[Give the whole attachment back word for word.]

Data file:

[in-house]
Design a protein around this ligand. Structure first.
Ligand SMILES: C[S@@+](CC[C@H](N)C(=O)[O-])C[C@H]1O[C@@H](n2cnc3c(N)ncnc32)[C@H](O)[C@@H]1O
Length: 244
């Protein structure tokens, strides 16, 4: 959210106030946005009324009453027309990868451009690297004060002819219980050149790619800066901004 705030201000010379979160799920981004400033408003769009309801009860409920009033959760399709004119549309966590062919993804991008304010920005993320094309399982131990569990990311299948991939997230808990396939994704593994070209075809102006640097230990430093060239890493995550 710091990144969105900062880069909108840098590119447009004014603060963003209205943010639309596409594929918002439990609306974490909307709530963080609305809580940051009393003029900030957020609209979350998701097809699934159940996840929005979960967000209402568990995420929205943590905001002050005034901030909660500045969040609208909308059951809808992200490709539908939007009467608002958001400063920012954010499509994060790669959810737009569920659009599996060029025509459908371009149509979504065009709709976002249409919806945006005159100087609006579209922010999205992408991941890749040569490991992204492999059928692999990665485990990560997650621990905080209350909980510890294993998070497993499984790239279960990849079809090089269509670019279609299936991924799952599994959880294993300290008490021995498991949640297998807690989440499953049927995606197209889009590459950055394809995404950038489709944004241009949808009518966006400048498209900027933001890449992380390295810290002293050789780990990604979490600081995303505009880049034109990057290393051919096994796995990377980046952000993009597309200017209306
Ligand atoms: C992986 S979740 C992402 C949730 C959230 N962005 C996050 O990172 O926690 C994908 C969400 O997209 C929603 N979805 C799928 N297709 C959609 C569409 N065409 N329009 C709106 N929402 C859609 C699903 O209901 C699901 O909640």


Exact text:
[in-house]
Design a protein around this ligand. Structure first.
Ligand SMILES: C[S@@+](CC[C@H](N)C(=O)[O-])C[C@H]1O[C@@H](n2cnc3c(N)ncnc32)[C@H](O)[C@@H]1O
Length: 244
């Protein structure tokens, strides 16, 4: 959210106030946005009324009453027309990868451009690297004060002819219980050149790619800066901004 705030201000010379979160799920981004400033408003769009309801009860409920009033959760399709004119549309966590062919993804991008304010920005993320094309399982131990569990990311299948991939997230808990396939994704593994070209075809102006640097230990430093060239890493995550 710091990144969105900062880069909108840098590119447009004014603060963003209205943010639309596409594929918002439990609306974490909307709530963080609305809580940051009393003029900030957020609209979350998701097809699934159940996840929005979960967000209402568990995420929205943590905001002050005034901030909660500045969040609208909308059951809808992200490709539908939007009467608002958001400063920012954010499509994060790669959810737009569920659009599996060029025509459908371009149509979504065009709709976002249409919806945006005159100087609006579209922010999205992408991941890749040569490991992204492999059928692999990665485990990560997650621990905080209350909980510890294993998070497993499984790239279960990849079809090089269509670019279609299936991924799952599994959880294993300290008490021995498991949640297998807690989440499953049927995606197209889009590459950055394809995404950038489709944004241009949808009518966006400048498209900027933001890449992380390295810290002293050789780990990604979490600081995303505009880049034109990057290393051919096994796995990377980046952000993009597309200017209306
Ligand atoms: C992986 S979740 C992402 C949730 C959230 N962005 C996050 O990172 O926690 C994908 C969400 O997209 C929603 N979805 C799928 N297709 C959609 C569409 N065409 N329009 C709106 N929402 C859609 C699903 O209901 C699901 O909640």